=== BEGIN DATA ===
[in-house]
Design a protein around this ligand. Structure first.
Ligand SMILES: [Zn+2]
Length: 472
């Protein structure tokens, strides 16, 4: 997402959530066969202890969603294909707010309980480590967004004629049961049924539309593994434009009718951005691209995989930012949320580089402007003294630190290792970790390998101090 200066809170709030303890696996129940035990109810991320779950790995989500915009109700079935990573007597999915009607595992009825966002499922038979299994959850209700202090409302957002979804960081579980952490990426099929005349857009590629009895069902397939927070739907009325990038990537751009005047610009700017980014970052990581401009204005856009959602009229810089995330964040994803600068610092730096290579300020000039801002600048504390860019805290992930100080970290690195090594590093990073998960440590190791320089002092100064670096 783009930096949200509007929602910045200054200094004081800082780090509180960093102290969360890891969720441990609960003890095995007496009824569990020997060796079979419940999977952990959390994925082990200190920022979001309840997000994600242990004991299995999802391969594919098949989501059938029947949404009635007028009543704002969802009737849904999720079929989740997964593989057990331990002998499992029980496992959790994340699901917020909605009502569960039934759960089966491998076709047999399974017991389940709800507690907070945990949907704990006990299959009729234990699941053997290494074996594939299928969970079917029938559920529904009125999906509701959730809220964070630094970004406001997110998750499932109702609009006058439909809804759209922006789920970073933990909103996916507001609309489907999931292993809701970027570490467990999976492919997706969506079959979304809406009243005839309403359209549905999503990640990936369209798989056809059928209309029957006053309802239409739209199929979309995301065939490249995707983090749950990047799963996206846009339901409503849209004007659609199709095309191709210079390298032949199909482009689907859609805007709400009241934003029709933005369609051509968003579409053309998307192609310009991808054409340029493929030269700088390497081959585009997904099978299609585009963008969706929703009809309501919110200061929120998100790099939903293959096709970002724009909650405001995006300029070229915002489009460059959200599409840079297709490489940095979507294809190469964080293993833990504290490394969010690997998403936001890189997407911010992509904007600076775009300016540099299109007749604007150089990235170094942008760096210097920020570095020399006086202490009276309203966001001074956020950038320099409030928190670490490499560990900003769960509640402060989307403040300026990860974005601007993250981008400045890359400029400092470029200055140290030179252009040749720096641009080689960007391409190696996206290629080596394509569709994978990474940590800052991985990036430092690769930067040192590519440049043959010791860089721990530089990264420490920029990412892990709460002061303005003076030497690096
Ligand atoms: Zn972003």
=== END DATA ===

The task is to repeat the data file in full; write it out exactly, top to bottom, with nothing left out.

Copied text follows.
[in-house]
Design a protein around this ligand. Structure first.
Ligand SMILES: [Zn+2]
Length: 472
């Protein structure tokens, strides 16, 4: 997402959530066969202890969603294909707010309980480590967004004629049961049924539309593994434009009718951005691209995989930012949320580089402007003294630190290792970790390998101090 200066809170709030303890696996129940035990109810991320779950790995989500915009109700079935990573007597999915009607595992009825966002499922038979299994959850209700202090409302957002979804960081579980952490990426099929005349857009590629009895069902397939927070739907009325990038990537751009005047610009700017980014970052990581401009204005856009959602009229810089995330964040994803600068610092730096290579300020000039801002600048504390860019805290992930100080970290690195090594590093990073998960440590190791320089002092100064670096 783009930096949200509007929602910045200054200094004081800082780090509180960093102290969360890891969720441990609960003890095995007496009824569990020997060796079979419940999977952990959390994925082990200190920022979001309840997000994600242990004991299995999802391969594919098949989501059938029947949404009635007028009543704002969802009737849904999720079929989740997964593989057990331990002998499992029980496992959790994340699901917020909605009502569960039934759960089966491998076709047999399974017991389940709800507690907070945990949907704990006990299959009729234990699941053997290494074996594939299928969970079917029938559920529904009125999906509701959730809220964070630094970004406001997110998750499932109702609009006058439909809804759209922006789920970073933990909103996916507001609309489907999931292993809701970027570490467990999976492919997706969506079959979304809406009243005839309403359209549905999503990640990936369209798989056809059928209309029957006053309802239409739209199929979309995301065939490249995707983090749950990047799963996206846009339901409503849209004007659609199709095309191709210079390298032949199909482009689907859609805007709400009241934003029709933005369609051509968003579409053309998307192609310009991808054409340029493929030269700088390497081959585009997904099978299609585009963008969706929703009809309501919110200061929120998100790099939903293959096709970002724009909650405001995006300029070229915002489009460059959200599409840079297709490489940095979507294809190469964080293993833990504290490394969010690997998403936001890189997407911010992509904007600076775009300016540099299109007749604007150089990235170094942008760096210097920020570095020399006086202490009276309203966001001074956020950038320099409030928190670490490499560990900003769960509640402060989307403040300026990860974005601007993250981008400045890359400029400092470029200055140290030179252009040749720096641009080689960007391409190696996206290629080596394509569709994978990474940590800052991985990036430092690769930067040192590519440049043959010791860089721990530089990264420490920029990412892990709460002061303005003076030497690096
Ligand atoms: Zn972003």